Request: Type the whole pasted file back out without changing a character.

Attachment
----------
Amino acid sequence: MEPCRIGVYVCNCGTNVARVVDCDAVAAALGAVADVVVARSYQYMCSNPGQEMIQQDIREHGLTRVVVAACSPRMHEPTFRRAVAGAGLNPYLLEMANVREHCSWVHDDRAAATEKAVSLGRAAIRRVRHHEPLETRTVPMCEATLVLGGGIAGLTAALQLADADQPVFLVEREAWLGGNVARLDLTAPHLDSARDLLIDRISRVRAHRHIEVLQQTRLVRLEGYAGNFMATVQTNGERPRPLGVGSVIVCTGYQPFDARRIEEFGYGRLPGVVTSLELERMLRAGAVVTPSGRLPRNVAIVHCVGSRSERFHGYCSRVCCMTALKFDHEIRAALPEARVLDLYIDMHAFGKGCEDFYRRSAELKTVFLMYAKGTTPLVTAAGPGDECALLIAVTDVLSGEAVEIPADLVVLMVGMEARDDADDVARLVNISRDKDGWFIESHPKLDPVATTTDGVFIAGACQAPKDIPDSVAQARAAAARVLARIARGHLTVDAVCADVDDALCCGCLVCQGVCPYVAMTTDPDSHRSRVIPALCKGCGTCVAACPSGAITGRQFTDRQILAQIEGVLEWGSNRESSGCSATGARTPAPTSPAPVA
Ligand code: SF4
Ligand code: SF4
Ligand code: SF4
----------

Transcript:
Amino acid sequence: MEPCRIGVYVCNCGTNVARVVDCDAVAAALGAVADVVVARSYQYMCSNPGQEMIQQDIREHGLTRVVVAACSPRMHEPTFRRAVAGAGLNPYLLEMANVREHCSWVHDDRAAATEKAVSLGRAAIRRVRHHEPLETRTVPMCEATLVLGGGIAGLTAALQLADADQPVFLVEREAWLGGNVARLDLTAPHLDSARDLLIDRISRVRAHRHIEVLQQTRLVRLEGYAGNFMATVQTNGERPRPLGVGSVIVCTGYQPFDARRIEEFGYGRLPGVVTSLELERMLRAGAVVTPSGRLPRNVAIVHCVGSRSERFHGYCSRVCCMTALKFDHEIRAALPEARVLDLYIDMHAFGKGCEDFYRRSAELKTVFLMYAKGTTPLVTAAGPGDECALLIAVTDVLSGEAVEIPADLVVLMVGMEARDDADDVARLVNISRDKDGWFIESHPKLDPVATTTDGVFIAGACQAPKDIPDSVAQARAAAARVLARIARGHLTVDAVCADVDDALCCGCLVCQGVCPYVAMTTDPDSHRSRVIPALCKGCGTCVAACPSGAITGRQFTDRQILAQIEGVLEWGSNRESSGCSATGARTPAPTSPAPVA
Ligand code: SF4
Ligand code: SF4
Ligand code: SF4